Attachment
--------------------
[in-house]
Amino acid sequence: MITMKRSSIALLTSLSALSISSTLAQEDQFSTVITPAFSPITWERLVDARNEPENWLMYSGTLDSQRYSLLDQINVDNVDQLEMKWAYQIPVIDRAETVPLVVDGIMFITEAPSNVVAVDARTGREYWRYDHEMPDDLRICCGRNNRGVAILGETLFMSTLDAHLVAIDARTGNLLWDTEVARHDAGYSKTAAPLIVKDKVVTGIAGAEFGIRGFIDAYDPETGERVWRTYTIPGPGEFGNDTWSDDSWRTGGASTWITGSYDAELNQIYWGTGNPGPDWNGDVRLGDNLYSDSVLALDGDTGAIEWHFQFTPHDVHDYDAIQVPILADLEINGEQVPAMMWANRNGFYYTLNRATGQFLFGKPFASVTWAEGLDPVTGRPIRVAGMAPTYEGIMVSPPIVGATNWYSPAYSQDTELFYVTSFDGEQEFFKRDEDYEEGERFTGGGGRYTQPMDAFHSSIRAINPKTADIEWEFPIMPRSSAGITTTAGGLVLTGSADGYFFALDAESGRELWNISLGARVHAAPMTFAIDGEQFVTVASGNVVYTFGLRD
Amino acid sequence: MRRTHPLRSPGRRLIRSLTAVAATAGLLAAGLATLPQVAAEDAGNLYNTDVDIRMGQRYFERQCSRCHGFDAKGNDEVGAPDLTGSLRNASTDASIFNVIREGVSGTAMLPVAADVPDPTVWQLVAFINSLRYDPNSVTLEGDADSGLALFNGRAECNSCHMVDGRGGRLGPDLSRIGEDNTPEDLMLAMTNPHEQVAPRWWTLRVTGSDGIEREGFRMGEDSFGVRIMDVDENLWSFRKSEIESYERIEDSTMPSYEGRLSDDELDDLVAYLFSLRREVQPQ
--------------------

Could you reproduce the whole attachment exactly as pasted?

[in-house]
Amino acid sequence: MITMKRSSIALLTSLSALSISSTLAQEDQFSTVITPAFSPITWERLVDARNEPENWLMYSGTLDSQRYSLLDQINVDNVDQLEMKWAYQIPVIDRAETVPLVVDGIMFITEAPSNVVAVDARTGREYWRYDHEMPDDLRICCGRNNRGVAILGETLFMSTLDAHLVAIDARTGNLLWDTEVARHDAGYSKTAAPLIVKDKVVTGIAGAEFGIRGFIDAYDPETGERVWRTYTIPGPGEFGNDTWSDDSWRTGGASTWITGSYDAELNQIYWGTGNPGPDWNGDVRLGDNLYSDSVLALDGDTGAIEWHFQFTPHDVHDYDAIQVPILADLEINGEQVPAMMWANRNGFYYTLNRATGQFLFGKPFASVTWAEGLDPVTGRPIRVAGMAPTYEGIMVSPPIVGATNWYSPAYSQDTELFYVTSFDGEQEFFKRDEDYEEGERFTGGGGRYTQPMDAFHSSIRAINPKTADIEWEFPIMPRSSAGITTTAGGLVLTGSADGYFFALDAESGRELWNISLGARVHAAPMTFAIDGEQFVTVASGNVVYTFGLRD
Amino acid sequence: MRRTHPLRSPGRRLIRSLTAVAATAGLLAAGLATLPQVAAEDAGNLYNTDVDIRMGQRYFERQCSRCHGFDAKGNDEVGAPDLTGSLRNASTDASIFNVIREGVSGTAMLPVAADVPDPTVWQLVAFINSLRYDPNSVTLEGDADSGLALFNGRAECNSCHMVDGRGGRLGPDLSRIGEDNTPEDLMLAMTNPHEQVAPRWWTLRVTGSDGIEREGFRMGEDSFGVRIMDVDENLWSFRKSEIESYERIEDSTMPSYEGRLSDDELDDLVAYLFSLRREVQPQ